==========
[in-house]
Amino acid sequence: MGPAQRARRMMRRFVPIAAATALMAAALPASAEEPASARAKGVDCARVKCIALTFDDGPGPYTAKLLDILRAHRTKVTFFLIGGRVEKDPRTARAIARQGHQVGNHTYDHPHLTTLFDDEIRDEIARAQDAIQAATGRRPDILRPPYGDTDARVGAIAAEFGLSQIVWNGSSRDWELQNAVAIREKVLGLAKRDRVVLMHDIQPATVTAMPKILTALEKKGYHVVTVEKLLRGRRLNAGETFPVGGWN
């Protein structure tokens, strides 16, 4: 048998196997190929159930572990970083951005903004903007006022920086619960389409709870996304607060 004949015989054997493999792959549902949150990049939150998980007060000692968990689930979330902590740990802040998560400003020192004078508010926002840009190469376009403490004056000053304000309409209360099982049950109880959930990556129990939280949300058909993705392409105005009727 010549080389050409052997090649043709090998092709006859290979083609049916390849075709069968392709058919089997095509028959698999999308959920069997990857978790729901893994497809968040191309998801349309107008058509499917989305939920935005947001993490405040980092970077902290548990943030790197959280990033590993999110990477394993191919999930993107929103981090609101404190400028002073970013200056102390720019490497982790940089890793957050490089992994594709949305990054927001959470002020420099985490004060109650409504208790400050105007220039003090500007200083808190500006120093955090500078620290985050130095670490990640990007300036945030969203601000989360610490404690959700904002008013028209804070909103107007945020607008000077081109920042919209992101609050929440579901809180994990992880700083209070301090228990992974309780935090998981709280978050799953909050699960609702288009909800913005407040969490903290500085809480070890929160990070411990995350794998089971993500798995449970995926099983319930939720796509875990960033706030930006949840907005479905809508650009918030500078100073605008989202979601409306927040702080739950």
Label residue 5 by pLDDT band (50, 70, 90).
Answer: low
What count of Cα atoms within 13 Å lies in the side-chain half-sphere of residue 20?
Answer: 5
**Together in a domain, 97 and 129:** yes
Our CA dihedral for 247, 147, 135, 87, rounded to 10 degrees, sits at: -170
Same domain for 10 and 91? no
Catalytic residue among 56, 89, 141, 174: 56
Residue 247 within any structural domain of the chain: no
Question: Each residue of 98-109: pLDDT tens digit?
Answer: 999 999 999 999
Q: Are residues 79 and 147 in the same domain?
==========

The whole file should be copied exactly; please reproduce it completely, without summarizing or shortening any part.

[in-house]
Amino acid sequence: MGPAQRARRMMRRFVPIAAATALMAAALPASAEEPASARAKGVDCARVKCIALTFDDGPGPYTAKLLDILRAHRTKVTFFLIGGRVEKDPRTARAIARQGHQVGNHTYDHPHLTTLFDDEIRDEIARAQDAIQAATGRRPDILRPPYGDTDARVGAIAAEFGLSQIVWNGSSRDWELQNAVAIREKVLGLAKRDRVVLMHDIQPATVTAMPKILTALEKKGYHVVTVEKLLRGRRLNAGETFPVGGWN
């Protein structure tokens, strides 16, 4: 048998196997190929159930572990970083951005903004903007006022920086619960389409709870996304607060 004949015989054997493999792959549902949150990049939150998980007060000692968990689930979330902590740990802040998560400003020192004078508010926002840009190469376009403490004056000053304000309409209360099982049950109880959930990556129990939280949300058909993705392409105005009727 010549080389050409052997090649043709090998092709006859290979083609049916390849075709069968392709058919089997095509028959698999999308959920069997990857978790729901893994497809968040191309998801349309107008058509499917989305939920935005947001993490405040980092970077902290548990943030790197959280990033590993999110990477394993191919999930993107929103981090609101404190400028002073970013200056102390720019490497982790940089890793957050490089992994594709949305990054927001959470002020420099985490004060109650409504208790400050105007220039003090500007200083808190500006120093955090500078620290985050130095670490990640990007300036945030969203601000989360610490404690959700904002008013028209804070909103107007945020607008000077081109920042919209992101609050929440579901809180994990992880700083209070301090228990992974309780935090998981709280978050799953909050699960609702288009909800913005407040969490903290500085809480070890929160990070411990995350794998089971993500798995449970995926099983319930939720796509875990960033706030930006949840907005479905809508650009918030500078100073605008989202979601409306927040702080739950």
Label residue 5 by pLDDT band (50, 70, 90).
Answer: low
What count of Cα atoms within 13 Å lies in the side-chain half-sphere of residue 20?
Answer: 5
**Together in a domain, 97 and 129:** yes
Our CA dihedral for 247, 147, 135, 87, rounded to 10 degrees, sits at: -170
Same domain for 10 and 91? no
Catalytic residue among 56, 89, 141, 174: 56
Residue 247 within any structural domain of the chain: no
Question: Each residue of 98-109: pLDDT tens digit?
Answer: 999 999 999 999
Q: Are residues 79 and 147 in the same domain?